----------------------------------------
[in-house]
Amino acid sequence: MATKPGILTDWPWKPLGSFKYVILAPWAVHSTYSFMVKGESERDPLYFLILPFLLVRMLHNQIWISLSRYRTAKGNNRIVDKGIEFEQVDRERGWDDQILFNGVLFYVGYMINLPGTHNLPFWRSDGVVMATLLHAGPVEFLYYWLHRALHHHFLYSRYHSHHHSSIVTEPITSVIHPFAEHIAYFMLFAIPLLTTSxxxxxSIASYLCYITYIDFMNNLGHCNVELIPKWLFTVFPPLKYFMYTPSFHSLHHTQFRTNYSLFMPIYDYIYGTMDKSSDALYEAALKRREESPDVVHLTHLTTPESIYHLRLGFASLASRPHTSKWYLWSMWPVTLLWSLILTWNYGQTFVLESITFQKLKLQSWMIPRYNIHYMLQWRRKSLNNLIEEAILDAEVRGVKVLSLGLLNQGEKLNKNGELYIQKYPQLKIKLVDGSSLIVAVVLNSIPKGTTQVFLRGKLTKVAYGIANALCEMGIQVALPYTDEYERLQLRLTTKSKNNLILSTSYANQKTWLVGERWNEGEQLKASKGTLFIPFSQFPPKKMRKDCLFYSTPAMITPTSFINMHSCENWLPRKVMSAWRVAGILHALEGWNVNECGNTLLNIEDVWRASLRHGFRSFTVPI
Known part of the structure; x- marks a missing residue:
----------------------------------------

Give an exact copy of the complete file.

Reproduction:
[in-house]
Amino acid sequence: MATKPGILTDWPWKPLGSFKYVILAPWAVHSTYSFMVKGESERDPLYFLILPFLLVRMLHNQIWISLSRYRTAKGNNRIVDKGIEFEQVDRERGWDDQILFNGVLFYVGYMINLPGTHNLPFWRSDGVVMATLLHAGPVEFLYYWLHRALHHHFLYSRYHSHHHSSIVTEPITSVIHPFAEHIAYFMLFAIPLLTTSxxxxxSIASYLCYITYIDFMNNLGHCNVELIPKWLFTVFPPLKYFMYTPSFHSLHHTQFRTNYSLFMPIYDYIYGTMDKSSDALYEAALKRREESPDVVHLTHLTTPESIYHLRLGFASLASRPHTSKWYLWSMWPVTLLWSLILTWNYGQTFVLESITFQKLKLQSWMIPRYNIHYMLQWRRKSLNNLIEEAILDAEVRGVKVLSLGLLNQGEKLNKNGELYIQKYPQLKIKLVDGSSLIVAVVLNSIPKGTTQVFLRGKLTKVAYGIANALCEMGIQVALPYTDEYERLQLRLTTKSKNNLILSTSYANQKTWLVGERWNEGEQLKASKGTLFIPFSQFPPKKMRKDCLFYSTPAMITPTSFINMHSCENWLPRKVMSAWRVAGILHALEGWNVNECGNTLLNIEDVWRASLRHGFRSFTVPI
Known part of the structure; x- marks a missing residue: